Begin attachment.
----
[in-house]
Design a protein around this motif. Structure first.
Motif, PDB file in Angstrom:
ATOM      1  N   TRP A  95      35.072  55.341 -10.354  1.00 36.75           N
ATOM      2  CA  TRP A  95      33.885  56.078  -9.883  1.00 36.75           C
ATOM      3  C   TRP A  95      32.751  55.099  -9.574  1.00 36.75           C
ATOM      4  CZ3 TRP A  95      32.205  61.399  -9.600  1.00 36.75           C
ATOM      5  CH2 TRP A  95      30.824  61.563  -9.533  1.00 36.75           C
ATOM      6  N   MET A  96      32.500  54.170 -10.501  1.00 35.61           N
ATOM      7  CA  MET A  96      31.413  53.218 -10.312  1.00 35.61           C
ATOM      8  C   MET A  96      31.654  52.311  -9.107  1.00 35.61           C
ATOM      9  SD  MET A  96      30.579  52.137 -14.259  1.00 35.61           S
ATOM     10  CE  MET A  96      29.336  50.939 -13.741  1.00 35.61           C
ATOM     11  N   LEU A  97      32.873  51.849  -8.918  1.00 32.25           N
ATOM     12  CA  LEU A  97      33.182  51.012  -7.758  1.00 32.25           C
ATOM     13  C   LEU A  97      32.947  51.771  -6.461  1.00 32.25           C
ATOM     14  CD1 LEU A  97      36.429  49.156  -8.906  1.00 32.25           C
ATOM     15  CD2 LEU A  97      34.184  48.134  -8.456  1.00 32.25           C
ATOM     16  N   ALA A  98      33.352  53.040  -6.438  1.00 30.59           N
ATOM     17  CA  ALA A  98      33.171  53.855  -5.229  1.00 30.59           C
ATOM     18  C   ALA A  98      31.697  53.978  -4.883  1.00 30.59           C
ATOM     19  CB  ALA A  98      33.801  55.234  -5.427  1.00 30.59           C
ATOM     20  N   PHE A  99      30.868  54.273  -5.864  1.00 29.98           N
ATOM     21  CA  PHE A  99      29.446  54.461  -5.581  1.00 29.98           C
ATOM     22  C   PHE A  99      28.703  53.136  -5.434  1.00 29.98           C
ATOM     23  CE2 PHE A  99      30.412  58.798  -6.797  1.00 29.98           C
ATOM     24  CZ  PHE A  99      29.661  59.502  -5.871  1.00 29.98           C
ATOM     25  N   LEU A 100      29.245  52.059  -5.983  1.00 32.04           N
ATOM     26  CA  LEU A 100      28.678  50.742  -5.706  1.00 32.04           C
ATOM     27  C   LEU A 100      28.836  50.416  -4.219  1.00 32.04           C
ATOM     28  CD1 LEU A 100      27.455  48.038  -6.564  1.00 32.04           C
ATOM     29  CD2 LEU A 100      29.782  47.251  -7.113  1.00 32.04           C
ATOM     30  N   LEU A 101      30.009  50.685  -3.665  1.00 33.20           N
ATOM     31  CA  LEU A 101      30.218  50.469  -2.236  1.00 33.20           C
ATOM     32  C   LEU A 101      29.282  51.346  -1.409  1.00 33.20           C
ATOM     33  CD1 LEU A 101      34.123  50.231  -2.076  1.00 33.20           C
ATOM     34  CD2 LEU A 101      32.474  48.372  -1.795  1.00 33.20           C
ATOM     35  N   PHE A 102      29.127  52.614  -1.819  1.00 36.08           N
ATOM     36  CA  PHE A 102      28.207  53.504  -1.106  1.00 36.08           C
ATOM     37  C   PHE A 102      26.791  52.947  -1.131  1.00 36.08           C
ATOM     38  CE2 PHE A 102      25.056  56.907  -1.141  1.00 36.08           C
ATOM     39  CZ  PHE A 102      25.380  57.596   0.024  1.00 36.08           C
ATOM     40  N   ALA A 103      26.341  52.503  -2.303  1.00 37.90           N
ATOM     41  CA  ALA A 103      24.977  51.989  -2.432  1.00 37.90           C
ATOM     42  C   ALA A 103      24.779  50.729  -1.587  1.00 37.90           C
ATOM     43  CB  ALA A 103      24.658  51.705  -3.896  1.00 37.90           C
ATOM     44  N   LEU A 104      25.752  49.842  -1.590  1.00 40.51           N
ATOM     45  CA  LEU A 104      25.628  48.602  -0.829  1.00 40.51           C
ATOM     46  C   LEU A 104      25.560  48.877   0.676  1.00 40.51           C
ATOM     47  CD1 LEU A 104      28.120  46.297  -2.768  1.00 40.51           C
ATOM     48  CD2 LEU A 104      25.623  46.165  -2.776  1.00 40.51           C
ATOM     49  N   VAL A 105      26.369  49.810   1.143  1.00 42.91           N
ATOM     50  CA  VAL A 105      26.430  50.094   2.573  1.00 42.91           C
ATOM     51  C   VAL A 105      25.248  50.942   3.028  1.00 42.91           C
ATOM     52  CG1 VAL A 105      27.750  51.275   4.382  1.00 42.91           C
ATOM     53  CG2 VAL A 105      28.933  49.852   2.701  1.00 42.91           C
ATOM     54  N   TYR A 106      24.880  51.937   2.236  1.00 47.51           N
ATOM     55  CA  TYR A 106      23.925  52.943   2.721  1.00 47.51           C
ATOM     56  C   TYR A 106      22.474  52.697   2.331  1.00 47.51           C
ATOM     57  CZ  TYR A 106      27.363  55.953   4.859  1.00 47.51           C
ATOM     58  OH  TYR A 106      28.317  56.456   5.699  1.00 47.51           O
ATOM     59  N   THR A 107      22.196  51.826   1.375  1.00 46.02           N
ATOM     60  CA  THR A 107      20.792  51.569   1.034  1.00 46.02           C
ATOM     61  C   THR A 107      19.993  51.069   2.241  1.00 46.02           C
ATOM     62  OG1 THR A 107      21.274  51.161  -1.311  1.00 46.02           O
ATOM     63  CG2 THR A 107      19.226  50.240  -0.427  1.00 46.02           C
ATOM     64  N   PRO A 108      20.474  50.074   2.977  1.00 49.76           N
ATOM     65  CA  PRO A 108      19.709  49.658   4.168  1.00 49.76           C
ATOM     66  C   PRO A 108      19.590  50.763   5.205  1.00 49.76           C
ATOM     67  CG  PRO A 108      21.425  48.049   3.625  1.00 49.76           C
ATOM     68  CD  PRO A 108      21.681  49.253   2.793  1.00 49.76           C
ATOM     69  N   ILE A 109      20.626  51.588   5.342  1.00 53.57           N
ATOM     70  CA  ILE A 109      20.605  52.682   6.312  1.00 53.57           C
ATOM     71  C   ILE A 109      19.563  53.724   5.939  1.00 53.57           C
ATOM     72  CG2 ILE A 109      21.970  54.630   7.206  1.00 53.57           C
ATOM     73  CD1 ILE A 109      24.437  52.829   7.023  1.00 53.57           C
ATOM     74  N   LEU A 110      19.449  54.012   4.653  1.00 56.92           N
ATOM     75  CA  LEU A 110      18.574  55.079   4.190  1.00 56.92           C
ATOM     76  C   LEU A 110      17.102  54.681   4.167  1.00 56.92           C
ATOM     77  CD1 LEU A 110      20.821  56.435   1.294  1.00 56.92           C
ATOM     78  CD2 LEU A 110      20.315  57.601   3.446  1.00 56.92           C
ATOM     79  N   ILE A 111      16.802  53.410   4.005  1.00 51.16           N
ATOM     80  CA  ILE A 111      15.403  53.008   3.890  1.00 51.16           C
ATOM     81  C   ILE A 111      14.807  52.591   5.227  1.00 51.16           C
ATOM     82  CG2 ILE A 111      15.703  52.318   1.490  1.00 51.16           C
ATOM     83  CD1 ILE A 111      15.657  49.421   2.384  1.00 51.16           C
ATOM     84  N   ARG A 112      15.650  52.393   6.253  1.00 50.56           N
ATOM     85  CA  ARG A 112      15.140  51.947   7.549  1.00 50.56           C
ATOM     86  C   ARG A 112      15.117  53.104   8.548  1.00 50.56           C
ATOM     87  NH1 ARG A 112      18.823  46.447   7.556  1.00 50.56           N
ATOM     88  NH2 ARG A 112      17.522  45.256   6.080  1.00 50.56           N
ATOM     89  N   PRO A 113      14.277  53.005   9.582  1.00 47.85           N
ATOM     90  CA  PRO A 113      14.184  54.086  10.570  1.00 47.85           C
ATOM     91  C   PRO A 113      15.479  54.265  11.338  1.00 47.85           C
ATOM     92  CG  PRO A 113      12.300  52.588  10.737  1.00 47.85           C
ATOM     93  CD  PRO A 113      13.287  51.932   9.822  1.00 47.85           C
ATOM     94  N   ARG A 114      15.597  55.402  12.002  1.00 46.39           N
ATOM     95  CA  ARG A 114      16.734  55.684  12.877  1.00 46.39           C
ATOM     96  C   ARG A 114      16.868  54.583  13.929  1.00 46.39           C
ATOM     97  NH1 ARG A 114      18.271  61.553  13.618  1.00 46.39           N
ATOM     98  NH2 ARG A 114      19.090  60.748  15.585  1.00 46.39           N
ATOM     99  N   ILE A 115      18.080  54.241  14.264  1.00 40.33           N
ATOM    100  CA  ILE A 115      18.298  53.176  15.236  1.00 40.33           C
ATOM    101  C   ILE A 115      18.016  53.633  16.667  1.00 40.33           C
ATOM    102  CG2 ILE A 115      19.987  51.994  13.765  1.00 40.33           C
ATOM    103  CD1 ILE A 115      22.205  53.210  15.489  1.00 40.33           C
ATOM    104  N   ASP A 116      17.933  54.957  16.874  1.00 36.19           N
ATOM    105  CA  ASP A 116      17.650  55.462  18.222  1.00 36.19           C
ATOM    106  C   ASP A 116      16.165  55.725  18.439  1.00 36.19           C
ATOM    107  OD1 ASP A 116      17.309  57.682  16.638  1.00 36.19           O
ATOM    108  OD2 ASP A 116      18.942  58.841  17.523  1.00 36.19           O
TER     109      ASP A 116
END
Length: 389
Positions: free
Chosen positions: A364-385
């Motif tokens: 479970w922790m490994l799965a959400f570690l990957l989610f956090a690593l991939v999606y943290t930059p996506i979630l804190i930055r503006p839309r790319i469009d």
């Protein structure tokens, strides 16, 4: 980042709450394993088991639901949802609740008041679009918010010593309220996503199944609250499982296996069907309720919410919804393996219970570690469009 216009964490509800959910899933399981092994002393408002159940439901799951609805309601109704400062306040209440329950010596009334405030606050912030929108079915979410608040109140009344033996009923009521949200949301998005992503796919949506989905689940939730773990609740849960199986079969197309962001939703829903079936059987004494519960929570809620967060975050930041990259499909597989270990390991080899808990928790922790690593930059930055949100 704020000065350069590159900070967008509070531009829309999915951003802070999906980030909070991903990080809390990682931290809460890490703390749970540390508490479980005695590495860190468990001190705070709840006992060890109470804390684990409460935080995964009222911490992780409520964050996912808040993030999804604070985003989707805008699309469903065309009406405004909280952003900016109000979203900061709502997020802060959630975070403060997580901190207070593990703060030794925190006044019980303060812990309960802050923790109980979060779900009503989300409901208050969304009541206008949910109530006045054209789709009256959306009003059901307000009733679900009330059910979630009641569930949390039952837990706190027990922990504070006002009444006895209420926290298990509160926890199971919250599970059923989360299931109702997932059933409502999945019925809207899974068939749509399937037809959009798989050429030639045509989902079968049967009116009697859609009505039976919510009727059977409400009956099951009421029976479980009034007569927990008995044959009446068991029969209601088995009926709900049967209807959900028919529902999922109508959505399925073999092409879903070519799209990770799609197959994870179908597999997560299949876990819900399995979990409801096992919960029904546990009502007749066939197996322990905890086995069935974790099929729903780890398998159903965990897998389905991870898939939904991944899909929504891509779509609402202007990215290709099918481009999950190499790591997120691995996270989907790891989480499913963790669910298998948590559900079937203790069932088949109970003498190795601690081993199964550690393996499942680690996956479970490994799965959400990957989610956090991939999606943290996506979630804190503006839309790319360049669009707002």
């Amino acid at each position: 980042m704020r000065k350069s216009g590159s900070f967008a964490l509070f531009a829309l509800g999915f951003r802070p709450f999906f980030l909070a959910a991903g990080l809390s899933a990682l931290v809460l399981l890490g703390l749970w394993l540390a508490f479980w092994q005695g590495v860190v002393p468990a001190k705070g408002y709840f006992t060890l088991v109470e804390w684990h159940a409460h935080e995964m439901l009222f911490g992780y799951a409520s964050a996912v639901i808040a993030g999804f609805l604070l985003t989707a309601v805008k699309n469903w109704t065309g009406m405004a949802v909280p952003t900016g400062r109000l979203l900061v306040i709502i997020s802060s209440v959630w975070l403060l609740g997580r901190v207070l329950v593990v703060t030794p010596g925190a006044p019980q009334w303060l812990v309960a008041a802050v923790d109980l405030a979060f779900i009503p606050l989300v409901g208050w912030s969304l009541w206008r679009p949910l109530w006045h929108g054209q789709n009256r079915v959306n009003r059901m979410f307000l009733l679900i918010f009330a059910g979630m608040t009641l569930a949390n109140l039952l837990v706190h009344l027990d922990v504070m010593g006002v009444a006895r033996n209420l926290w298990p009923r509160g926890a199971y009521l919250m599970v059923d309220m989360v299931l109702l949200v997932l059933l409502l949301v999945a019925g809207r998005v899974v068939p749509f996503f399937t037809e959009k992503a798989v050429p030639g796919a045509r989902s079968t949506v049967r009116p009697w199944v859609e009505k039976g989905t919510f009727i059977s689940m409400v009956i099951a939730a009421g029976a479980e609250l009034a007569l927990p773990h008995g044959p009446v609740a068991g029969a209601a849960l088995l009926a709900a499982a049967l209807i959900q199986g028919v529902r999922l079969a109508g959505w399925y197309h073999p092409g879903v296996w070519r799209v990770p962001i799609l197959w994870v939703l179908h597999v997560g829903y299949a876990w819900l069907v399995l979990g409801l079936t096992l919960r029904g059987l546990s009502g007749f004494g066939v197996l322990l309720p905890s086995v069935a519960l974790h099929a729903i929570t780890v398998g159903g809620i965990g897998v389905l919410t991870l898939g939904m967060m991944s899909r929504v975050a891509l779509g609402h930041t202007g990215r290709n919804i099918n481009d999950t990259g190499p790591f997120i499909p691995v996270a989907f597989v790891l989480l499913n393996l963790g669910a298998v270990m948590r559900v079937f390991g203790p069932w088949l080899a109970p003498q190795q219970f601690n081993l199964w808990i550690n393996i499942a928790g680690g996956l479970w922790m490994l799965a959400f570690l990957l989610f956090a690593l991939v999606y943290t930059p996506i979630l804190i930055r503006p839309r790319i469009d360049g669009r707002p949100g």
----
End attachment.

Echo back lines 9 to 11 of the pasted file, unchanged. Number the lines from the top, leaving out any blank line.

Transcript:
ATOM      6  N   MET A  96      32.500  54.170 -10.501  1.00 35.61           N
ATOM      7  CA  MET A  96      31.413  53.218 -10.312  1.00 35.61           C
ATOM      8  C   MET A  96      31.654  52.311  -9.107  1.00 35.61           C